As I understand it, users will have the Christmas period to move their entire backlog of email messages, and notify all senders of emails of a change of address. Come January 14 2011 all emails to that address will be bounced.
If, like us and most of the online community, you have decided to join the odd mailing list or two, you would need to track them ALL down and amend them. However, how do you deal with accounts that don’t allow you to change the prime email address?
Switching at such short notice is not going to be a quick or easy task. One of the reasons we use several email identities is to avoid this type of situation, so here’s hoping none of our independant service providers go the same way!
The recent attack on the Royal Navy site using SQL Injection techniques is a timely reminder to anyone still leaving their database unprotected.
The good news is you can quite easily reduce the risk of an injection attack. They take place when a site allows data input fields on a form access to basic SQL commands. By adding extra words to the end of a form input field SQL statements can be run in addition to the original designed statement. These commands can be quite simple for example, firstly select a list of tables, then select the data in the tables. As this operates at the database layer a connection has already been made by the software to the database so login details aren’t required.
There are simple functions that use basic escape mechanisms to protect the data input. The most common is escaping the data, which may not be the strongest security measure. The input string is read and if the function finds certain characters it will ‘escape’ or add a ‘\’ character in front of the relevant character. There are still ways around this so to be safe the query to the database should be ‘parameterized’ that is the input string is broken up and selected parts are passed to the SQL query. Basic functions exist in most programming languages to do this task.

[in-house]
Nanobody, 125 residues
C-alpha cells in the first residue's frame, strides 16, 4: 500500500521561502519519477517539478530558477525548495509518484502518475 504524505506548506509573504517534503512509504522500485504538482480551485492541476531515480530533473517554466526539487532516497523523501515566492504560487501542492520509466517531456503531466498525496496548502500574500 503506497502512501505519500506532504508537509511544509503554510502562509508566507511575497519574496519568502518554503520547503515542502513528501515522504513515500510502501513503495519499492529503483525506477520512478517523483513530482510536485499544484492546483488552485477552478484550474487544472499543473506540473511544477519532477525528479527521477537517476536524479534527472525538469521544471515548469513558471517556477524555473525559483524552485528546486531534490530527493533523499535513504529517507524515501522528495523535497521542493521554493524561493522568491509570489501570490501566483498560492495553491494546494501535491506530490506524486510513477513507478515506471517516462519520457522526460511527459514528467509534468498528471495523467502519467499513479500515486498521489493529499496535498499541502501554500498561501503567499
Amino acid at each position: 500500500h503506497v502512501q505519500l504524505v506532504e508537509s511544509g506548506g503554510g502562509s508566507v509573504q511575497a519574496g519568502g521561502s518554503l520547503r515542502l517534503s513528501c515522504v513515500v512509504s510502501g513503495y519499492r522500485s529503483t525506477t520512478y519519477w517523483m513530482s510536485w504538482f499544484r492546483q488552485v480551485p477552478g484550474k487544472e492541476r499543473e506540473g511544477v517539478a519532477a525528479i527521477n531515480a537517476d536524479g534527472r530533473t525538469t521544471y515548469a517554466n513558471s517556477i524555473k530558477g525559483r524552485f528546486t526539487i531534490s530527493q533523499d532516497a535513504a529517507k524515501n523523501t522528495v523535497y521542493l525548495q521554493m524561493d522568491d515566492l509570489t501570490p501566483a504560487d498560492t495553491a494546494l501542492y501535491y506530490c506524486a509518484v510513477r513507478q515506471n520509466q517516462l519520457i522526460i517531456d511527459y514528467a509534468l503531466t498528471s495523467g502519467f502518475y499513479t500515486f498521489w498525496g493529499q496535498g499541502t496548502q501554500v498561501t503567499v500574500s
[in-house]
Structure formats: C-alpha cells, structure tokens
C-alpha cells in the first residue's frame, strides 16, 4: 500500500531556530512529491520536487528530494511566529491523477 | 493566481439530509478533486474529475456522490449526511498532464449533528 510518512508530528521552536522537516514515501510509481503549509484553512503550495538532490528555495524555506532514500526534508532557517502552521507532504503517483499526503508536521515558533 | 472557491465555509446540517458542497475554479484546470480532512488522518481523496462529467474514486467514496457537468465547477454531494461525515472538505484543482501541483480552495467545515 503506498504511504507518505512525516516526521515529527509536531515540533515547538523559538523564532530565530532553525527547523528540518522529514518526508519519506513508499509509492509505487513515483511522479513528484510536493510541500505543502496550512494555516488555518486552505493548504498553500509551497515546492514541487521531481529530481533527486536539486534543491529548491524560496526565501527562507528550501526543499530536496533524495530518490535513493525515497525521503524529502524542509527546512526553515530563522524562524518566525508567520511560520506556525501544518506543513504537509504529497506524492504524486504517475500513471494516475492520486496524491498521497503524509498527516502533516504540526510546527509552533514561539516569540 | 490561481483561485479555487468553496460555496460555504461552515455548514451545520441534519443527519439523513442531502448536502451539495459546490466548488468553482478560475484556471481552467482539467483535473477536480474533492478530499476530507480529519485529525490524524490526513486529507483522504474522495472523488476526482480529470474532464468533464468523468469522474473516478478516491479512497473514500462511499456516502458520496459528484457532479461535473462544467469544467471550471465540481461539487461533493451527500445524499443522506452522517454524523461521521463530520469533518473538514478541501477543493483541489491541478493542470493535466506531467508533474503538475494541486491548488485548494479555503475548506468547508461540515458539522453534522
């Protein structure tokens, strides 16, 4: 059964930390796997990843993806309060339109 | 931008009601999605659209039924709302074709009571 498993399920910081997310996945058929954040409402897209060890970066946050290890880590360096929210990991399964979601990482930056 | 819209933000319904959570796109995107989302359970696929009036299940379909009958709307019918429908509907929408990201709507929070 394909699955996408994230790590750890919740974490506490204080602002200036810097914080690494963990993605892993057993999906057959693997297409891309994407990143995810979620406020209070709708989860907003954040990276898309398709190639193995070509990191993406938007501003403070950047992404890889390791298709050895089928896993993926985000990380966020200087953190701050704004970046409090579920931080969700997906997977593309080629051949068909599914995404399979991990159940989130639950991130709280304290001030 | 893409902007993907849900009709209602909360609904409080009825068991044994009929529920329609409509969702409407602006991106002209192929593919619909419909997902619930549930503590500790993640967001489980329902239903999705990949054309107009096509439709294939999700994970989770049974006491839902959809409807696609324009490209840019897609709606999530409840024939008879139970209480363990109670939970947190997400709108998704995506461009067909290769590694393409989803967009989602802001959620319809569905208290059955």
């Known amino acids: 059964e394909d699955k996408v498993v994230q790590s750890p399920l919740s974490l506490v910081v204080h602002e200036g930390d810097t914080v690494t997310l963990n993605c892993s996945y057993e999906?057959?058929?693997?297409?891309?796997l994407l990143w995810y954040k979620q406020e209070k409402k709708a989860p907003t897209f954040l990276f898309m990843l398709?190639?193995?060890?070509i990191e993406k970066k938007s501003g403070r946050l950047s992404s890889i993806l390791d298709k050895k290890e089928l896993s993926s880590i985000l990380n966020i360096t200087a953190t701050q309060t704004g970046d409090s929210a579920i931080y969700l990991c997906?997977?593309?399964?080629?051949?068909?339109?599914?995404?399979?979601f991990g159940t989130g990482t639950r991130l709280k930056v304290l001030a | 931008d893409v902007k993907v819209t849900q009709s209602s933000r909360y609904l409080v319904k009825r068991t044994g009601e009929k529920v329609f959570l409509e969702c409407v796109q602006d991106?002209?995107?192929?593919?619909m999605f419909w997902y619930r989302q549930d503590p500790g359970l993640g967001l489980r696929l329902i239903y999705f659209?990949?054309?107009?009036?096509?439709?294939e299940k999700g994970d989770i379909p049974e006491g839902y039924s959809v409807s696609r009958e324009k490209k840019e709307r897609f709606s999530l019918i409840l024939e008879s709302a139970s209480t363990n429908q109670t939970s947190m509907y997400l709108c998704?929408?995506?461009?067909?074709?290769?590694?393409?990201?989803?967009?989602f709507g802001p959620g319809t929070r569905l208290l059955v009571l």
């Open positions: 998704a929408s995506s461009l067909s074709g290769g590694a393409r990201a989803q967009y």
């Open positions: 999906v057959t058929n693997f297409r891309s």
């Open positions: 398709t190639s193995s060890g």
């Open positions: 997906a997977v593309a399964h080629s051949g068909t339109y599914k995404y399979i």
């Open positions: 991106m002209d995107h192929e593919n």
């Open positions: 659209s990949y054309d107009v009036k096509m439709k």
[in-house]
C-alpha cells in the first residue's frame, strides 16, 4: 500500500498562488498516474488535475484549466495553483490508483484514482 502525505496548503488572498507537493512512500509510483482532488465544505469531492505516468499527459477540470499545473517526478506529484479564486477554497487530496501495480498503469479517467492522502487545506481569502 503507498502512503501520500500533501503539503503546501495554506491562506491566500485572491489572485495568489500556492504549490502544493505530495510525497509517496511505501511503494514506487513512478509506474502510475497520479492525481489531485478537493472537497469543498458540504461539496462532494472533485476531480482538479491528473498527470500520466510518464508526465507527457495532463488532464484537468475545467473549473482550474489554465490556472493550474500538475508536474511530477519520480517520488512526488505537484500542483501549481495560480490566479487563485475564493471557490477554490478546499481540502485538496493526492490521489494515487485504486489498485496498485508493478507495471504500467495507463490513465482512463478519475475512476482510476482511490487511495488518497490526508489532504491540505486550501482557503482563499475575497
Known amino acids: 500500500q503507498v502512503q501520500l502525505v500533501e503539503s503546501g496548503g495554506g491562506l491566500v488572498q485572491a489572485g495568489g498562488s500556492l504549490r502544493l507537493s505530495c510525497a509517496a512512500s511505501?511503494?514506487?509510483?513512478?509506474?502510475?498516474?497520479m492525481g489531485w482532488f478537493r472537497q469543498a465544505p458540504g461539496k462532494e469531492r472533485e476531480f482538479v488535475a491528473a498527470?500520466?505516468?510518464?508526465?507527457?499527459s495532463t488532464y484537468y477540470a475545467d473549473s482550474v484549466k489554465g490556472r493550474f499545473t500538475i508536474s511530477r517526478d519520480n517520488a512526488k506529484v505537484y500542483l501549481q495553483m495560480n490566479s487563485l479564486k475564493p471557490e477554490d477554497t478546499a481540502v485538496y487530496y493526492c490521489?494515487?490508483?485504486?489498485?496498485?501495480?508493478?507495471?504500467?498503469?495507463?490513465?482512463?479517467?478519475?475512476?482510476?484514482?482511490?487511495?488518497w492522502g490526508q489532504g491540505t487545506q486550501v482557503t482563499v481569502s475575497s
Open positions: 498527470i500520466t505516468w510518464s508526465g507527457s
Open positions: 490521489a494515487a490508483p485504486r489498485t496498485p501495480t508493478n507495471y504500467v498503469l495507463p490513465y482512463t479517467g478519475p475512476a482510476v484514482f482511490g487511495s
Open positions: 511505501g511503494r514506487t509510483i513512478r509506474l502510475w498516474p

Better yet, and good practice anyway, is to use stored procedures as these are totally parameterized. It isn’t particularly complicated, but it is a bit of a pain to do … if in doubt ask your web designer!
Why do certain harmless objects cause such stress?
I personally think that printers are the most likely source of ‘object rage’ that I can think of and this following clip – which contains VERY STRONG – not for the faint-hearted - language seems to agree -
It sums it all up for me. I must spend hours a day talking to screens, printers and various network boxes, all to no avail as if somehow, by giving them a life and personality, they will actually work better.
Basil never had this problem, he just lashed everything with branches – not a bad idea at that.